By Sai Sachin R and Alexandria Sage
(Reuters) - Tesla Motors Inc Chief Executive Elon Musk on Wednesday promised investors that the electric luxury car maker would stop burning cash and start making money this year, sending the company's shares up sharply despite a wider fourth-quarter loss.
Tesla shares rose more than 10 percent in after-hours trading after the company forecast a 60 to 80 percent increase in vehicle sales this year and promised it would turn a profit on an adjusted basis.
However, the company's stock is still down more than 30 percent since the beginning of the year, reflecting investor concerns about continued losses.
Musk and the company's new chief financial officer, Jason Wheeler, used a conference call on Wednesday evening to assure investors that Tesla is determined to cut costs, hit production targets and stanch losses.
"Cash is king," Wheeler said.
Musk said Tesla would generate positive cash flow even after investing $1.5 billion to add capacity to a huge battery factory in Nevada, and start producing battery cells there. "Moderate GAAP profitability is expected in the fourth quarter," Musk wrote in a letter to shareholders on Wednesday. GAAP refers to the generally accepted accounting principles that govern how listed companies report results.
Tesla’s cash reserves dropped to $1.2 billion as of Dec. 31 from $1.9 billion a year earlier, despite a sale of shares last summer. The company’s cash burn has become a concern for some analysts, given the heavy capital spending it has mapped out.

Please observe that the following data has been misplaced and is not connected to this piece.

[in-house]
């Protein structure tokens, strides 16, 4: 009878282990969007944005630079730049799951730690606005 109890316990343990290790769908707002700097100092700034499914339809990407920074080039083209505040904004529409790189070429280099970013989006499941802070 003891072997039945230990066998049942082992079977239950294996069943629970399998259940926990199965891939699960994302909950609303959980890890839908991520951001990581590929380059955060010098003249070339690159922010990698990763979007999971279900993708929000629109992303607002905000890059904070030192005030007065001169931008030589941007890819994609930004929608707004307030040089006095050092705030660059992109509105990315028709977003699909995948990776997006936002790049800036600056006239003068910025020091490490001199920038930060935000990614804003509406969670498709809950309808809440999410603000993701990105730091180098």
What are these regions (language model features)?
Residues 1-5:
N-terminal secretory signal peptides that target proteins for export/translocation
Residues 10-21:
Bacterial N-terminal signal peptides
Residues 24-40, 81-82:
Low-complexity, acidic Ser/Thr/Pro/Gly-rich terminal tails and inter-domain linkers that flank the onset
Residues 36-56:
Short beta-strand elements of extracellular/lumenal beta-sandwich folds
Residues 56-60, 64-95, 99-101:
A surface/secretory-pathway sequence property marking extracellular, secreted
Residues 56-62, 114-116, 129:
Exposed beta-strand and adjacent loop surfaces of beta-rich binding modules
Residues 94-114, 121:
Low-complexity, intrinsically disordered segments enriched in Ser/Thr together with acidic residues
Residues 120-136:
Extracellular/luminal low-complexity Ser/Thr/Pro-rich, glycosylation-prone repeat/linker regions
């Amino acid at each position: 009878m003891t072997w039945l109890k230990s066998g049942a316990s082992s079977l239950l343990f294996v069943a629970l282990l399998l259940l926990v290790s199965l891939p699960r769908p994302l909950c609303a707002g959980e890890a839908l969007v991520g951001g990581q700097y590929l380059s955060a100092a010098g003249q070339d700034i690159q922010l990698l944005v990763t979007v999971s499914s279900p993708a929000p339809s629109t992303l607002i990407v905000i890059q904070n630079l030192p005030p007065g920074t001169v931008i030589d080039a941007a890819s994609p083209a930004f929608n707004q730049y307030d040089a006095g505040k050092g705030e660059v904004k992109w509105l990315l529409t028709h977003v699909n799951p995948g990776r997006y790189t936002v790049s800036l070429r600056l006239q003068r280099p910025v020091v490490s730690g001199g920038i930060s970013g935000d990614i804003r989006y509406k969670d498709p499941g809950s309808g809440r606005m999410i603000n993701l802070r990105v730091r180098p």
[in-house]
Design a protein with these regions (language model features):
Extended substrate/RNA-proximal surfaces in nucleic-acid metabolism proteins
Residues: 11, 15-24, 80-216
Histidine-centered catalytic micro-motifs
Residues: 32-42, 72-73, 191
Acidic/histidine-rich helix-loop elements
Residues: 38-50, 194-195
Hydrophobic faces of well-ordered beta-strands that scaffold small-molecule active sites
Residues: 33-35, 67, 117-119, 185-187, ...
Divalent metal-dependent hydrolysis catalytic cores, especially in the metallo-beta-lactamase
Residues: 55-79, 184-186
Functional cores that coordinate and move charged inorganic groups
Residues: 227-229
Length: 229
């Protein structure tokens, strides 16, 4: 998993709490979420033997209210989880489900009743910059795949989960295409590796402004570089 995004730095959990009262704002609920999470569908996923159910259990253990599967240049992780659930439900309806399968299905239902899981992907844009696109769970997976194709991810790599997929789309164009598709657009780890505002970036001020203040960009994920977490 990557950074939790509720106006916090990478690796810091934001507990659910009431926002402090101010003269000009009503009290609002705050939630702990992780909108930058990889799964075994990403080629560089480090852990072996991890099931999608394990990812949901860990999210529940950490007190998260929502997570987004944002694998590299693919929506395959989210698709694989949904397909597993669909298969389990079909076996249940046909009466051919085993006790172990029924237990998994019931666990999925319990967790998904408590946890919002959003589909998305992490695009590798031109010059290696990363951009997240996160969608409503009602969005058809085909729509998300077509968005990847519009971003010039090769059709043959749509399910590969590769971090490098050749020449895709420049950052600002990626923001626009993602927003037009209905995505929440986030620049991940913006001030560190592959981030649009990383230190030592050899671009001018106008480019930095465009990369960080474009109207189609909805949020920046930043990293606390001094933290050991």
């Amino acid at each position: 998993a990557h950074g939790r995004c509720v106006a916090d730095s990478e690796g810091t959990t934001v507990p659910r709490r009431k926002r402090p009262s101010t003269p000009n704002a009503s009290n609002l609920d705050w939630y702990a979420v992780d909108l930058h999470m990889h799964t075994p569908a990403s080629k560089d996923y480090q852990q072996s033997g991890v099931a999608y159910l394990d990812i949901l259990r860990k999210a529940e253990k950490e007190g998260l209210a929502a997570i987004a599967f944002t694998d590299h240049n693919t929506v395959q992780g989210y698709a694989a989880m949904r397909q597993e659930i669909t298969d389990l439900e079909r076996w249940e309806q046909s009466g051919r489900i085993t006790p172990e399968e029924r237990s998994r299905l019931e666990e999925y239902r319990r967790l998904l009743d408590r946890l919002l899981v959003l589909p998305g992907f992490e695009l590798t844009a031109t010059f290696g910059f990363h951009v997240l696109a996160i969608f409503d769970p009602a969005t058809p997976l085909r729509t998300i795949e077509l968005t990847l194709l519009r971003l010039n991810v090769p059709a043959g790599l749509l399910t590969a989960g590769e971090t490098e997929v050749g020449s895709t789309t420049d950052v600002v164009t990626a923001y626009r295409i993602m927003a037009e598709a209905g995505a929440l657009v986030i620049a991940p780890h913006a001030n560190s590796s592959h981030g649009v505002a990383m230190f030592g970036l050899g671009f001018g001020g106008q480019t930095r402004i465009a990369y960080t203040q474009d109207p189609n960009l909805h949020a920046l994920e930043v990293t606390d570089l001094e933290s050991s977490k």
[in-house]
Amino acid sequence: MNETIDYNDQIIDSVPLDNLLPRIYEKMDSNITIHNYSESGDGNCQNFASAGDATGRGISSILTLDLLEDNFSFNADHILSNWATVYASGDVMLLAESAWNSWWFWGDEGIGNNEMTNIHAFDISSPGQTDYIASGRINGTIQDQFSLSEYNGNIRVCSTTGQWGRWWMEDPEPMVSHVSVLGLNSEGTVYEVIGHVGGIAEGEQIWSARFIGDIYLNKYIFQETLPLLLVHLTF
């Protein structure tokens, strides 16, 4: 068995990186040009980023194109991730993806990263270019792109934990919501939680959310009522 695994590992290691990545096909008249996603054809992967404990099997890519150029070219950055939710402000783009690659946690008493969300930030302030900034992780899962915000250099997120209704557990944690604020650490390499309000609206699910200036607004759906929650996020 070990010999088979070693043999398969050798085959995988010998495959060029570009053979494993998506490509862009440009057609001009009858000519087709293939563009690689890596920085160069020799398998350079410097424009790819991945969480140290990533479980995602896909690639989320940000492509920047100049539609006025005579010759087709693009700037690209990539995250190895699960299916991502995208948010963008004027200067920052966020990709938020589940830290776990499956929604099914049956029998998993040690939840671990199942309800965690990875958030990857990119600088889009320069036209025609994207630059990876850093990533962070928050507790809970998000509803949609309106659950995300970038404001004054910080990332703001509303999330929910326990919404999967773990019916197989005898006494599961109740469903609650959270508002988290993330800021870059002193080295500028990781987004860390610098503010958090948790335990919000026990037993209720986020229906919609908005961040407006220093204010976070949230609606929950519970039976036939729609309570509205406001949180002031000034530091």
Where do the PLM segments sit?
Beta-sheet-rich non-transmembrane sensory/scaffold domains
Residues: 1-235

Tesla straddles the digital technology and automotive industries, which have both been hard hit this year by investors worried that growth is slowing in both sectors. General Motors Co earlier this month reported record profit, but its shares have fallen 18 percent this year.
Tesla shares rose even though it reported a wider fourth-quarter net loss of $2.44 a share, compared with a loss of 86 cents a share a year earlier. Deliveries of Model S sedans and Model X sport utilities were 17,478 vehicles in the quarter, at the low end of prior forecasts. Revenue rose nearly 27 percent to a record $1.21 billion.
"You cannot bet against Elon Musk," said analyst Ivan Feinseth of Tigress Financial Partners.
Tesla said it planned to deliver 80,000-90,000 Model S and Model X vehicles in 2016, ahead of Wall Street's average expectation for about 79,000 vehicles, according to research firm FactSet StreetAccount.
Tesla said its long-promised moderately priced car, the Model 3, would be unveiled on March 31. Musk, in the letter to shareholders, said the Model 3 should be launched in 2017. He added during the call that Tesla's Fremont, California, factory now has a new paint shop capable of handling 10,000 cars a week, or roughly 500,000 vehicles a year.
(Reporting by Sai Sachin R in Bengaluru and Alexandria Sage in San Francisco; Writing by Joseph White; Editing by Anil D'Silva and Matthew Lewis)